Tuesday, June 11, 2013

Carnival Man

Friends and loved ones mourn the loss of a ‘true mas man’ who had the spirit of Notting Hill in his soul.
Written by Elizabeth Pears 
09/06/2013 04:00 PM
THE NOTTING Hill Carnival fraternity bid farewell to one its best loved characters last month following the death of Orville “Rocky” Byron, aged 84.
Described as a “true mas man”, the Trinidad-born dancer and artist, who died on May 16, was part of the glue that keeps alive the true spirit of carnival by passing on lasting traditions to the next generation. In his prime he had won a string of awards for having the best band and best costume.
Known for his kindness, sense of fun and an unshakeable passion for his crafts of wire bending and costume-making, Rocky was easily identifiable in his plush suits, layered with gold chain upon gold chain and rings on every finger.
His smile could light up a room, friends told The Voice, mostly for the warmth it radiated – but no doubt the two rows of gleaming gold teeth also played a part.
Cousin Annmarie Cowie said: “Rocky was joyous. He loved to teach people what he knew. At the nine-night [an extended wake that is a Caribbean tradition] in the Tabernacle, there was a man who sang a song in his memory. He said that as a two-year-old Rocky had once made him an Indian headdress, and would be working with him on his shoulder all day long introducing him to the creative side carnival. Everybody was in tears.”
She added: “Rocky wasn’t selfish. He always gave what he had and everybody loved him. If you say his name, you get a smile, not a scowl. No one had a bad word to say. He was a party animal and he loved champagne. At his 80th birthday, if you saw that man wining down the place you would think he was 18 not 80.”
Rocky, who had a starring role in British boyband Boyzone’s No Matter What video, was introduced to dancing by his mother as a child to help channel the lovable bad boy’s boundless energy.
By the age of 28, his career had taken off and top calypso singer, Small Island Pride, invited him to go on tour with him to Guyana.
He earned the nickname ‘King of Limbo’, and at his best could get as low as eight-and-a-half inches from the ground.

 PIONEER: The mas man in action

In 1961, he set sail from Brazil heading to England, but was thrown off the ship in Hamburg, Germany, for being a stowaway.
He eventually ended up in Newcastle, in the north east of England, where he lived for many years, getting married and becoming a proud father to three children.
Rocky even successfully auditioned as a singer for Tyne Tees Television’s One O’Clock Show – a 40-minute variety show broadcast on weekdays – and also worked with the Race Relations Council in Newcastle.
Twenty years later, he relocated to Hackney, east London, but gravitated towards the Mangrove, in west London, known for its ties with Trinidad and icons like the late Frank Crichlow, who founded the Mangrove Community Association.
Mangrove legend Clive “Mashup” Phillip, who ran the Mangrove mas band and enjoyed a 30-year friendship with Rocky, said: “Back in Trinidad everybody was involved in rivalries but in London we all united as one. Soon as people got here they would come to the Mangrove, it was a community, a family.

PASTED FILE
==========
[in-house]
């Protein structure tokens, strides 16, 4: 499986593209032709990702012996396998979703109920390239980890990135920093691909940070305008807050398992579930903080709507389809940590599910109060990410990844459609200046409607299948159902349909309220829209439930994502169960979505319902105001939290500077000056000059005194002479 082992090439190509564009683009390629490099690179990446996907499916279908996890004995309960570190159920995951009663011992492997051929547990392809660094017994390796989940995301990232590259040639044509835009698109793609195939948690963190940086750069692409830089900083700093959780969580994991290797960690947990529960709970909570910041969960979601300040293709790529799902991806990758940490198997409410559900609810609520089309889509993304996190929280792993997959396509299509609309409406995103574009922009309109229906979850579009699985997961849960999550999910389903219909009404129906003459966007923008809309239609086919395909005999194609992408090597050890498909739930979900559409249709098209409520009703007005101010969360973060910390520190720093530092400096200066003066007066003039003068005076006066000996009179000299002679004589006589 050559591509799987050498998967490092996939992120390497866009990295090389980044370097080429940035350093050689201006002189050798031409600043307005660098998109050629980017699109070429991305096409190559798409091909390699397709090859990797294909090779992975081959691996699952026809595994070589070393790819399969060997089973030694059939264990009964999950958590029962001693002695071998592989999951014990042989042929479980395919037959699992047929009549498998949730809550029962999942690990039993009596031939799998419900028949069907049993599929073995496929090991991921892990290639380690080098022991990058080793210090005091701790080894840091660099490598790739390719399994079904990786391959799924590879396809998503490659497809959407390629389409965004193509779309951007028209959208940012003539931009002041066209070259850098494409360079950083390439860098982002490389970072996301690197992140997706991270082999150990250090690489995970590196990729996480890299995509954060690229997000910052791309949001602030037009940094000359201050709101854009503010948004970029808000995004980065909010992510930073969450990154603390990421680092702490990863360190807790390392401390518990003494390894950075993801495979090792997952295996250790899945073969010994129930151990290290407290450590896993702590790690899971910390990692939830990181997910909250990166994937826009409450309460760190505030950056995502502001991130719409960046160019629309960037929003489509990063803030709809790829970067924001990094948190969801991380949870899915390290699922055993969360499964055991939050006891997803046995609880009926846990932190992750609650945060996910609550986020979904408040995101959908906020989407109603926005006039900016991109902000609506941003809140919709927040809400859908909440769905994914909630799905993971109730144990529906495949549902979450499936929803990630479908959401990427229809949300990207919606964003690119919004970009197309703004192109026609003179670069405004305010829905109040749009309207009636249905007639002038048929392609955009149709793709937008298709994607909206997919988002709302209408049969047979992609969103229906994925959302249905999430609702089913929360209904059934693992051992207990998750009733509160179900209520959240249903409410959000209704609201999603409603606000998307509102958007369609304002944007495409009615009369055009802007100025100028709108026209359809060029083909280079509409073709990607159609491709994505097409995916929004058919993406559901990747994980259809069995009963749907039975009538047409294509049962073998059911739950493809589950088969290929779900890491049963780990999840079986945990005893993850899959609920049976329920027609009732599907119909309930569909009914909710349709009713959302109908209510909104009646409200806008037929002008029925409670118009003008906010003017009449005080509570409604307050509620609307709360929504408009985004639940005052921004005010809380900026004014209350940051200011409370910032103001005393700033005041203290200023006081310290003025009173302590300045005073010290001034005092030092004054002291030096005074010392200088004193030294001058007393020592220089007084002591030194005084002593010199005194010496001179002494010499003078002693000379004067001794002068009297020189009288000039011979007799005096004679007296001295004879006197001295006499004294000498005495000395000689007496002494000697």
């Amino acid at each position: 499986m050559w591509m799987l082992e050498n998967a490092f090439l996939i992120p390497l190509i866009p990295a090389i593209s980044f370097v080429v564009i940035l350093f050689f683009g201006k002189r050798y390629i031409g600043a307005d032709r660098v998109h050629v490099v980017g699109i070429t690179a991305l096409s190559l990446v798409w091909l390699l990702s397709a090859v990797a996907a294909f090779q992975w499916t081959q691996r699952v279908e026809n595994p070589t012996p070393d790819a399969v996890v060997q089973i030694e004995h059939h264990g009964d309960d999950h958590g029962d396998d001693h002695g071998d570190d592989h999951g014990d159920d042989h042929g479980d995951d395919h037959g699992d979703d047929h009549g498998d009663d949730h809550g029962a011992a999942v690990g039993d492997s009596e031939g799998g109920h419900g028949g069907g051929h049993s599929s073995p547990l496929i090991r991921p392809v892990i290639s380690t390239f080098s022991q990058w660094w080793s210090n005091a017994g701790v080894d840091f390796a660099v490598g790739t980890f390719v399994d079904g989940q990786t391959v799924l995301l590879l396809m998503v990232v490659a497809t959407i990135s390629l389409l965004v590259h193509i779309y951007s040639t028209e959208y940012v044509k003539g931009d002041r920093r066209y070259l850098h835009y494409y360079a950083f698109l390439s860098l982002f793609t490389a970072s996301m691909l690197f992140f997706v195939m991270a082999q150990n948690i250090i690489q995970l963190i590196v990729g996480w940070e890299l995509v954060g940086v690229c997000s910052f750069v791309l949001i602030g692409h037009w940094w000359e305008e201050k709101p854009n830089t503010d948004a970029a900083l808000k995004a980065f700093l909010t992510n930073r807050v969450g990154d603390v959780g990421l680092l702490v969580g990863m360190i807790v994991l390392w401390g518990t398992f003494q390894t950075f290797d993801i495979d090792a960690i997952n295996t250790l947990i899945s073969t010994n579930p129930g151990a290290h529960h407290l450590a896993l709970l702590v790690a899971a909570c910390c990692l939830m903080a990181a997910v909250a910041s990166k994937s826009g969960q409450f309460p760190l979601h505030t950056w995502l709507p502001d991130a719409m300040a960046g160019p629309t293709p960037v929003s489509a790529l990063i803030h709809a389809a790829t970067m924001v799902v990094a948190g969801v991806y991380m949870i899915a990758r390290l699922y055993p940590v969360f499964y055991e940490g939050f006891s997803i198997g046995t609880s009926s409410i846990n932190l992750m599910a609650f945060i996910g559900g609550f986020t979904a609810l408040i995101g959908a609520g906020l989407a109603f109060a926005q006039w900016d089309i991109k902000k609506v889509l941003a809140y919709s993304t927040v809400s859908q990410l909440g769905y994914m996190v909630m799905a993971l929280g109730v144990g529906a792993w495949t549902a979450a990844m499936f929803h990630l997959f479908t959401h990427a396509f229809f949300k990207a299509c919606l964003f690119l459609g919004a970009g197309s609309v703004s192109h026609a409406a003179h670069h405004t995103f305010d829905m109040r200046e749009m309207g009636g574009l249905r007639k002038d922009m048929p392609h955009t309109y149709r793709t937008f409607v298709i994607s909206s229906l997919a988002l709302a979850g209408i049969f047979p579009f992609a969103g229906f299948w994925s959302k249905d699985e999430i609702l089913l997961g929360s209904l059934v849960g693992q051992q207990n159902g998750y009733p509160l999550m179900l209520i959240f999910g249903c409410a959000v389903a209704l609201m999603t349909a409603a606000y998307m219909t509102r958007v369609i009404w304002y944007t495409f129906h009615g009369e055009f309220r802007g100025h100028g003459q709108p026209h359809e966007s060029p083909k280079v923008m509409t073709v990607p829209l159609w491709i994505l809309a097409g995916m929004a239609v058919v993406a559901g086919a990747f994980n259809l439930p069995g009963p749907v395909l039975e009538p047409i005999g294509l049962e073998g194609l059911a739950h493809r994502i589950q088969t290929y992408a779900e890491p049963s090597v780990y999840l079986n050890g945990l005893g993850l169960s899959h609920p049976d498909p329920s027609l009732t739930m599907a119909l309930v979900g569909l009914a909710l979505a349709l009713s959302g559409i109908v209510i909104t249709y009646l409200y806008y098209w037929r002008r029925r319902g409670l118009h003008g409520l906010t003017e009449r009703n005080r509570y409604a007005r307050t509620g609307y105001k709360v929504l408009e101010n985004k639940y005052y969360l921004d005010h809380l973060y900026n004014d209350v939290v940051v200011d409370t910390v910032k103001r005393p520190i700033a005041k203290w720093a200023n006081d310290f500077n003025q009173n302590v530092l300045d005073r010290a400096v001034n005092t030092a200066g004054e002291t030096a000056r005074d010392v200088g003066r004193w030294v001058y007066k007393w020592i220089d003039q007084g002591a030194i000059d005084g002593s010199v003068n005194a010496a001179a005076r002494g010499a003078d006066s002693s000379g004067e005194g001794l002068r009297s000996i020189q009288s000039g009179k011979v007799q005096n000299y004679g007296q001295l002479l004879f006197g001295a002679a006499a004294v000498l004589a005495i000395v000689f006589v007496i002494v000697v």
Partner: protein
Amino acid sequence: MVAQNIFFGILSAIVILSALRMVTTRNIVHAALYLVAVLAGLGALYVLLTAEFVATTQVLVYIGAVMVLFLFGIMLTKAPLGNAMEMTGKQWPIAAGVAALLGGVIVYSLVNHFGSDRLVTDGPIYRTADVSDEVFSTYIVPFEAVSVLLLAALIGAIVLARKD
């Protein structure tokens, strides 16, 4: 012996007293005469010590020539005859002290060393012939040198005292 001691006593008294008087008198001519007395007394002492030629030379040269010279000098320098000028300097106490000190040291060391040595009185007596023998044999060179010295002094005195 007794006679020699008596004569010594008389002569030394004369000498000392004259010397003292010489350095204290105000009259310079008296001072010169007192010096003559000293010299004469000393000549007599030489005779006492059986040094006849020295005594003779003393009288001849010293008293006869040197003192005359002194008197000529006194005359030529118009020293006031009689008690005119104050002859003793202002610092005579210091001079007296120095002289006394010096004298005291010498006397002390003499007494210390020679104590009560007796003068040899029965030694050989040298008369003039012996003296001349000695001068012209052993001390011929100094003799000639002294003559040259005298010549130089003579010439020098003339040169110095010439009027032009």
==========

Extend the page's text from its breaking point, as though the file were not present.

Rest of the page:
“I had heard about Rocky from back home but we didn’t meet until he came here. He was a showman, an entertainer, the life and soul of the party – that’s him. When he spoke, he spoke with his hands, his whole body, and a big smile across his face. All the kids came to pay their respects to him because that was the kind of man that he was.”
In true fashion, the Mangrove steel band honoured one of their own by playing outside Rocky’s funeral service on May 28 at West London Crematorium, in Kensal Green. The final song could not have been more fitting: Trini to de bone.

DAPPER: A young Rocky
Gloria Cummins, director of Flamboyan Community Association, had worked with Rocky, who played the ‘king’ character in Flamboyan’s mas band for several years.
She said: “Those old time guys from Rocky’s generation weren’t born here in England. They came from Trinidad so they were in the thick of the whole carnival thing and brought that knowledge and skill and experience with them that no university could teach. Wire-bending is not an easy craft. It’s something you have to have a feel for.
“Rocky will be remembered for all the things he showed us, someone who was always with the grassroots. Above all, he will be remembered for being a true mas man.”
In an old interview for Sequins, Soca and Sweat, a documentary on the Notting Hill Carnival, Rocky’s love was clear. He said: “Carnival brings everything together…with all its prejudice, with all its faults, with all its in-fighting, it’s the only thing that you see black people on the same spot on the same given day.”
His cousin Kim Cowie added: “Even when he got sick and was in and out of hospital Rocky would arrive dressed up with all his gold chains on. I will never forget his silky suits and shiny shoes – the man had style.
“He was so independent he hated being sick, and would threaten to discharge himself, and say he can’t be missing carnival in Trinidad. It was his life.”
 SOURCE: voice-online.co.uk/article/carnival-man
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